13. 13. <ul><li>Fruits, vegetables, and grains contain thousands of chemicals, called phytochemicals. </li></ul><ul><li>Do phytochemicals prevent cancer? </li></ul>
    14. 14. <ul><li>The inhibition, reversal, or retardation of carcinogenesis by the administration of natural or synthetic agents is termed </li></ul><ul><li>chemoprevention. </li></ul>
    15. 15. Many phytochemicals are believed to affect every stage of the cancer process Chemopreventive Cancer Prevented Mechanisms Phytochemicals Source (animal models) of Action Alkyl sulfides and disulfides Allium Esophagus, Colon, Phase II, GST Sulfide volatiles Lung Allyl cystenes Monoterpenes Citrus Mammary, Pancreas, Phase II, GST, Lemonene Skin, Lung, Liver UDP-GT, Phase I Isothiocyanates Crucifers Liver, Lung, Phase II, GST Mammary Polyphenols Teas Colon, Lung, Phase II (GST, Epigallocatechin gallate Skin, Liver QR), Phase I, AP-1 Curcumin Turmeric Colon, Skin Phase II, GST, Cox II
    16. 16. Mechanisms of Action of Phytochemicals in Cancer Prevention <ul><ul><ul><li>Anti-oxidant </li></ul></ul></ul><ul><ul><ul><li>Anti-hormonal </li></ul></ul></ul><ul><ul><ul><li>Anti-angiogenic </li></ul></ul></ul><ul><ul><ul><li>Pro-apoptotic </li></ul></ul></ul><ul><ul><ul><li>Anti-proliferative </li></ul></ul></ul><ul><ul><ul><li>Anti-inflammatory </li></ul></ul></ul><ul><ul><ul><li>Immunomodulatory </li></ul></ul></ul>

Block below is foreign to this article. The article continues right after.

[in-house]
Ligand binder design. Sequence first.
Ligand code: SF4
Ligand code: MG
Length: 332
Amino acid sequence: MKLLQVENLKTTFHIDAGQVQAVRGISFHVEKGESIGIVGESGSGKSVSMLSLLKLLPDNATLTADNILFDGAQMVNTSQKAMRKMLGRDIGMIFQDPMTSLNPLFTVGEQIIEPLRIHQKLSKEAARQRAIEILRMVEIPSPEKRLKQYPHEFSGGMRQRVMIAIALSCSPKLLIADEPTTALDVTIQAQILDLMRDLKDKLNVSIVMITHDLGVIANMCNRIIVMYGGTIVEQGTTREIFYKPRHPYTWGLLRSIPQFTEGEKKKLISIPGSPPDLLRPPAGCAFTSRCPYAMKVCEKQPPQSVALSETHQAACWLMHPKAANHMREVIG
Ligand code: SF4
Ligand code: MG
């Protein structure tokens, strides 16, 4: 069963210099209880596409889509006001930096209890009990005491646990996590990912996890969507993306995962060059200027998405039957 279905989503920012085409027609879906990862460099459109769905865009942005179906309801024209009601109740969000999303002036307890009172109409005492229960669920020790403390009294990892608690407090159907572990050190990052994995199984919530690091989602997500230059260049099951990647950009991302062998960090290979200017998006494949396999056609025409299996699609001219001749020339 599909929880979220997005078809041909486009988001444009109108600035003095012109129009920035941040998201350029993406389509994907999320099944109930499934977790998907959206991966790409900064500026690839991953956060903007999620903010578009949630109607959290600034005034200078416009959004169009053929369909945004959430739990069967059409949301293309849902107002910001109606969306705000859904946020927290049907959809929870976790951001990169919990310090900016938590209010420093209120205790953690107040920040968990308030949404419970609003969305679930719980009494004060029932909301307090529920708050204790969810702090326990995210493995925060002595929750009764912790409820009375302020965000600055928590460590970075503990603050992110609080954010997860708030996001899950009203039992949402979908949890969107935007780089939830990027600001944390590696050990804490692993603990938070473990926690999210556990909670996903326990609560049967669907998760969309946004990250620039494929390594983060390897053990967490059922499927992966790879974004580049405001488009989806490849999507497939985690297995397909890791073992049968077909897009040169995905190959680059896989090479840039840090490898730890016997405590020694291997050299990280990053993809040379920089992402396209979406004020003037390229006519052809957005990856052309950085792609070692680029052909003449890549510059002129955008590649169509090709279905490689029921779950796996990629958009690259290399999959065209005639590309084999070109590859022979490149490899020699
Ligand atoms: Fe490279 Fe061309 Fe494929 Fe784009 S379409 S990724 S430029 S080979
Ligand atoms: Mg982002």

17. 17. Chemoprevention Studies <ul><li>Large-scale demonstration trials aim to establish definitively the efficacy and toxicity of potential chemopreventive agents in a healthy population of subjects with a high risk of cancer. </li></ul><ul><li>Small Phase I and II chemoprevention trials are conducted in individuals with premalignant lesions or cancer to investigate mechanisms of action, pharmacokinetics, pharmacodynamics, and modulation of biomarkers. </li></ul>
    18. 18. Lung Cancer Chemoprevention Trials <ul><li> Patients End Trial (n) Population Compounds Result </li></ul><ul><li>Physician’s Health Study Male  -carotene (Hennekens, 1996) 22,071 physicians Aspirin N.B. ATBC Study, 1994 29,133 M. smokers  -tocopherol Negative  -carotene </li></ul><ul><li>CARET, 1996 18,314 Smokers  -carotene Negative Asbestos Retinyl Palmitate </li></ul><ul><li>Kurie, 2000 82 Smokers 4-HPR N.B. </li></ul><ul><li>Intergroup Study, 2001 1,166 Prior Stage 1 Isotretinoin N.B. NSCLC </li></ul><ul><li>Pastorino, 1993 307 PS 1, NSCLC Retinyl Palm. N.B. </li></ul>CA Cancer J. Clin. 54:2004. N.B.: No benefit or harm